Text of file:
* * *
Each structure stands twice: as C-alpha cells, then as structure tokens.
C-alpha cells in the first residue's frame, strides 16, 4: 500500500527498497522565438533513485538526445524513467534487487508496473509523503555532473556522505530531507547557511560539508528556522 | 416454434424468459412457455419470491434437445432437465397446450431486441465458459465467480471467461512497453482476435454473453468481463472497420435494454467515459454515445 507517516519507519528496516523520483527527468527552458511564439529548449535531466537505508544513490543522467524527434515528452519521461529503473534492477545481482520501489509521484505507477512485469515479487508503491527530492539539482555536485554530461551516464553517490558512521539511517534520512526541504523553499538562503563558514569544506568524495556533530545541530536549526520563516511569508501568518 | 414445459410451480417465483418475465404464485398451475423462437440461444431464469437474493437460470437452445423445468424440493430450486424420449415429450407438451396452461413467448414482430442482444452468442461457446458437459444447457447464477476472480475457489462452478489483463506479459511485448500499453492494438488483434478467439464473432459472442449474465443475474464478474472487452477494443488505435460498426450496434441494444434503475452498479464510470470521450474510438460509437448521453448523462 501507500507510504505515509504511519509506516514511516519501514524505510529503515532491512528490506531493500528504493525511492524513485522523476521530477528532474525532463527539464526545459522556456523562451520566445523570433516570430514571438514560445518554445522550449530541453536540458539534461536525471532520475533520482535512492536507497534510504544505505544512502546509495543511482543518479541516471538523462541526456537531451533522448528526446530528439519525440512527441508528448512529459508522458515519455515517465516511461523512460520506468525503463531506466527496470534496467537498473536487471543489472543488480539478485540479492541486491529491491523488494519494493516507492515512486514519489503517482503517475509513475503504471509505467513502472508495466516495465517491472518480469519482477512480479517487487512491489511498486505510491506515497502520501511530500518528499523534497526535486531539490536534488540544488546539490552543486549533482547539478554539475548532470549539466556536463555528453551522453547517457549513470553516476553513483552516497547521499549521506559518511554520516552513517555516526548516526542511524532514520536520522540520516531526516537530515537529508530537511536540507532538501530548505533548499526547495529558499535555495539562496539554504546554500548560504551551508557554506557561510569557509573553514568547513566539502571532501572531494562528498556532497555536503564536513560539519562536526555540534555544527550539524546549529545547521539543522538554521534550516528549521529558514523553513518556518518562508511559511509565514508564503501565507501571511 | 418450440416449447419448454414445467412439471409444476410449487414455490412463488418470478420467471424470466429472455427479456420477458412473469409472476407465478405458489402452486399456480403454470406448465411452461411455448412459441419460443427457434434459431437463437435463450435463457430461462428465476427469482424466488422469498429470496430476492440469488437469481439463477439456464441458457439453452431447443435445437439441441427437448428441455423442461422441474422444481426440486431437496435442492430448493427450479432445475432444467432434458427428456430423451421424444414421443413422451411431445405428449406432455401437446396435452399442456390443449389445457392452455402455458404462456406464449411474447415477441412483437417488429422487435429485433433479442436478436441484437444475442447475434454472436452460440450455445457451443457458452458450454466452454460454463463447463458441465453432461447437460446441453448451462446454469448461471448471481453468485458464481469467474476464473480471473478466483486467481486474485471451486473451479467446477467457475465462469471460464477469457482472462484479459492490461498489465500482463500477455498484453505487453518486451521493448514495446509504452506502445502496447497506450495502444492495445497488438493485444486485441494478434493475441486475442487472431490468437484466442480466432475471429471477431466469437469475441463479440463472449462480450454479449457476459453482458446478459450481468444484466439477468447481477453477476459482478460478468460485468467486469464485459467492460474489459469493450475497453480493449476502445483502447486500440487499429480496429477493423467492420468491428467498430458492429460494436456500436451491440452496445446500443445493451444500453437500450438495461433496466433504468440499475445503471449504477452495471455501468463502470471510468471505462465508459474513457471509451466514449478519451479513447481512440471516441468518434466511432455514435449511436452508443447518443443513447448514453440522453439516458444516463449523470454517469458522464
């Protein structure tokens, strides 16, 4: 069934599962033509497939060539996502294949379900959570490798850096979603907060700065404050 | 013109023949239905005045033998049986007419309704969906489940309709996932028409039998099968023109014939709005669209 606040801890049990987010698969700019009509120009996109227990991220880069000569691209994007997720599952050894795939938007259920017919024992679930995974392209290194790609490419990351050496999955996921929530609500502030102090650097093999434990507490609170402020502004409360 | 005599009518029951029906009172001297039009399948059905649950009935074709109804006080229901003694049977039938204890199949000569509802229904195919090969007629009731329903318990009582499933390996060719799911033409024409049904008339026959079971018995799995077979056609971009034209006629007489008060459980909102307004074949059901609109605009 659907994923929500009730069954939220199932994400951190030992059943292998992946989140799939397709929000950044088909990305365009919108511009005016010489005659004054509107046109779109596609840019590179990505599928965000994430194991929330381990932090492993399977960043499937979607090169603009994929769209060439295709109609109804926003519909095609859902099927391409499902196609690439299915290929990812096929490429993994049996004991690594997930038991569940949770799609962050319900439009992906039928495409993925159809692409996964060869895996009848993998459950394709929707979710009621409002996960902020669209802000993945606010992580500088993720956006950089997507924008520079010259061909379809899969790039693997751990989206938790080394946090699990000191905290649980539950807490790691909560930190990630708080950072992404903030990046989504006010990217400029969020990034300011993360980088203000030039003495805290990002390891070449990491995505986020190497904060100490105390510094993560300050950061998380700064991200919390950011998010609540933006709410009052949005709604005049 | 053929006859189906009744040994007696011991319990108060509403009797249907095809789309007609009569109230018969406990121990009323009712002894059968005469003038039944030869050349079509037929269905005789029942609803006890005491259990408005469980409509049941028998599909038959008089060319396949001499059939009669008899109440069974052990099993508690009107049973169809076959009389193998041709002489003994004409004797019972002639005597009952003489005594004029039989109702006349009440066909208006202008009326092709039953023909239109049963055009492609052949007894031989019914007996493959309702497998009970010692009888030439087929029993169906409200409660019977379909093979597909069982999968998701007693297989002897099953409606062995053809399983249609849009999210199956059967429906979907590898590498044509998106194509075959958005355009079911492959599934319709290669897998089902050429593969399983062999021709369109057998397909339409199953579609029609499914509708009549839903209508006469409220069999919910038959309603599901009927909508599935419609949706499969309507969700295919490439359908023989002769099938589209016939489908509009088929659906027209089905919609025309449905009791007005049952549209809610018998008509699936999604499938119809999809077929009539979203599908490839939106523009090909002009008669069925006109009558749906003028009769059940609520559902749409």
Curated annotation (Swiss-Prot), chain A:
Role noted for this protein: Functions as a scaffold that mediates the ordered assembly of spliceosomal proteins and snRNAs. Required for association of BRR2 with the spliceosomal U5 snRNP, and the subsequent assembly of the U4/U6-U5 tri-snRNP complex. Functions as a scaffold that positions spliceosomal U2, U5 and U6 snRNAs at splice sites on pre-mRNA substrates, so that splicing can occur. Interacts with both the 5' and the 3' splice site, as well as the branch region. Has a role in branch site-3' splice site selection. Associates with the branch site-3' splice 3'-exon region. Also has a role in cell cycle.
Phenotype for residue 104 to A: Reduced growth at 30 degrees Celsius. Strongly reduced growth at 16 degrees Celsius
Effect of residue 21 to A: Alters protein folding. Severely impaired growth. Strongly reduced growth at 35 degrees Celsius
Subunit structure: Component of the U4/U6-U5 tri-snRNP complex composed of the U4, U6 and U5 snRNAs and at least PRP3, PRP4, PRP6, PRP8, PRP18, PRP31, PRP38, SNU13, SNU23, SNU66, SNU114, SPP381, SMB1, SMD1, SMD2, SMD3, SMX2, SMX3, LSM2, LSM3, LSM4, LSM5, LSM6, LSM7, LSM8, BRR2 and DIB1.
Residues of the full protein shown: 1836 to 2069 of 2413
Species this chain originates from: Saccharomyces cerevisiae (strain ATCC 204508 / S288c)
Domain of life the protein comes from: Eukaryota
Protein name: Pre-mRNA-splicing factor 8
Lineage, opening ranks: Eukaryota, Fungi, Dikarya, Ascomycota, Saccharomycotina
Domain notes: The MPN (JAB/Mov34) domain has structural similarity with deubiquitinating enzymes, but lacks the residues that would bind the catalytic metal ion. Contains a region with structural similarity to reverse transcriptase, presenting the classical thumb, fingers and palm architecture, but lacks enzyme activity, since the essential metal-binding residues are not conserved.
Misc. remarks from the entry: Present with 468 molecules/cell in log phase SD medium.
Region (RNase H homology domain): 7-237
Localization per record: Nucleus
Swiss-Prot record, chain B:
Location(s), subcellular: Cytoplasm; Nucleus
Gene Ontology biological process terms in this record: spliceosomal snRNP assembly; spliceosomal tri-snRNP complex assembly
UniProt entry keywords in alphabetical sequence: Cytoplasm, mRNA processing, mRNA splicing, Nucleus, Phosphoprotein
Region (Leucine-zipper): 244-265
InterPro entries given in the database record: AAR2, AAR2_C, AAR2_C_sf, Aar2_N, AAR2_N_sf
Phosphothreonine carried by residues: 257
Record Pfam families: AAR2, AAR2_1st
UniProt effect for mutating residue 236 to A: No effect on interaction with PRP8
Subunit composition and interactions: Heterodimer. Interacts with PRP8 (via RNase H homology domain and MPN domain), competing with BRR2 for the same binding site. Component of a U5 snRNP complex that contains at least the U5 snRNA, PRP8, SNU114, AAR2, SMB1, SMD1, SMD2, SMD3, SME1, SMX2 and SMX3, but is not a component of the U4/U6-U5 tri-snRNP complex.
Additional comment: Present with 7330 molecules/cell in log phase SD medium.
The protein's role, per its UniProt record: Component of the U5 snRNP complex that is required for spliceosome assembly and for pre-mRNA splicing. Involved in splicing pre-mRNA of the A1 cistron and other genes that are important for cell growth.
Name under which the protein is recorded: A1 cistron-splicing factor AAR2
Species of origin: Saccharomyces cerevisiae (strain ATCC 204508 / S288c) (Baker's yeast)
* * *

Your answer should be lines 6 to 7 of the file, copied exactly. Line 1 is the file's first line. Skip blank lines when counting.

Phenotype for residue 104 to A: Reduced growth at 30 degrees Celsius. Strongly reduced growth at 16 degrees Celsius
Effect of residue 21 to A: Alters protein folding. Severely impaired growth. Strongly reduced growth at 35 degrees Celsius